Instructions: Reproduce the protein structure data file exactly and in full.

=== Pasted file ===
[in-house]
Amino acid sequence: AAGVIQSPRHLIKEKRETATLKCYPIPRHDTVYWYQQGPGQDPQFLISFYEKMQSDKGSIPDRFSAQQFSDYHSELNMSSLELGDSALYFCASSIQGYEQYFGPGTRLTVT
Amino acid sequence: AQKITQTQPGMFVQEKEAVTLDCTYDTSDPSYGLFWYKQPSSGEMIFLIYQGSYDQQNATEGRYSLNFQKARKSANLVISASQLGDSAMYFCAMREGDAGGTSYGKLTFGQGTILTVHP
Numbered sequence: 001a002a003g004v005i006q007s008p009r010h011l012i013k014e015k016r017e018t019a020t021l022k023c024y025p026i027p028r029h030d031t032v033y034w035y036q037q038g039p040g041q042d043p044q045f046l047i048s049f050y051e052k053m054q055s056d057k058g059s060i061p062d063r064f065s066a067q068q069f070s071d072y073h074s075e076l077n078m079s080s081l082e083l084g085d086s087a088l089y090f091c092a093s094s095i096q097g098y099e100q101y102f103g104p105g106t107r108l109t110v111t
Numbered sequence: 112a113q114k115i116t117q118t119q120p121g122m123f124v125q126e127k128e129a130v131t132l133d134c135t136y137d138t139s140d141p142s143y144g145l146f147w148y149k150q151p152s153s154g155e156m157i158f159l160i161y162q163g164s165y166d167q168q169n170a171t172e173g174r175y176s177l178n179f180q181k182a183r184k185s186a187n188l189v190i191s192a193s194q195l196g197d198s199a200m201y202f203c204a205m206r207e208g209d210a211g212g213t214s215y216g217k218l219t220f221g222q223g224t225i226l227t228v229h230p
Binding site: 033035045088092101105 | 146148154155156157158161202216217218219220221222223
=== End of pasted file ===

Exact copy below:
[in-house]
Amino acid sequence: AAGVIQSPRHLIKEKRETATLKCYPIPRHDTVYWYQQGPGQDPQFLISFYEKMQSDKGSIPDRFSAQQFSDYHSELNMSSLELGDSALYFCASSIQGYEQYFGPGTRLTVT
Amino acid sequence: AQKITQTQPGMFVQEKEAVTLDCTYDTSDPSYGLFWYKQPSSGEMIFLIYQGSYDQQNATEGRYSLNFQKARKSANLVISASQLGDSAMYFCAMREGDAGGTSYGKLTFGQGTILTVHP
Numbered sequence: 001a002a003g004v005i006q007s008p009r010h011l012i013k014e015k016r017e018t019a020t021l022k023c024y025p026i027p028r029h030d031t032v033y034w035y036q037q038g039p040g041q042d043p044q045f046l047i048s049f050y051e052k053m054q055s056d057k058g059s060i061p062d063r064f065s066a067q068q069f070s071d072y073h074s075e076l077n078m079s080s081l082e083l084g085d086s087a088l089y090f091c092a093s094s095i096q097g098y099e100q101y102f103g104p105g106t107r108l109t110v111t
Numbered sequence: 112a113q114k115i116t117q118t119q120p121g122m123f124v125q126e127k128e129a130v131t132l133d134c135t136y137d138t139s140d141p142s143y144g145l146f147w148y149k150q151p152s153s154g155e156m157i158f159l160i161y162q163g164s165y166d167q168q169n170a171t172e173g174r175y176s177l178n179f180q181k182a183r184k185s186a187n188l189v190i191s192a193s194q195l196g197d198s199a200m201y202f203c204a205m206r207e208g209d210a211g212g213t214s215y216g217k218l219t220f221g222q223g224t225i226l227t228v229h230p
Binding site: 033035045088092101105 | 146148154155156157158161202216217218219220221222223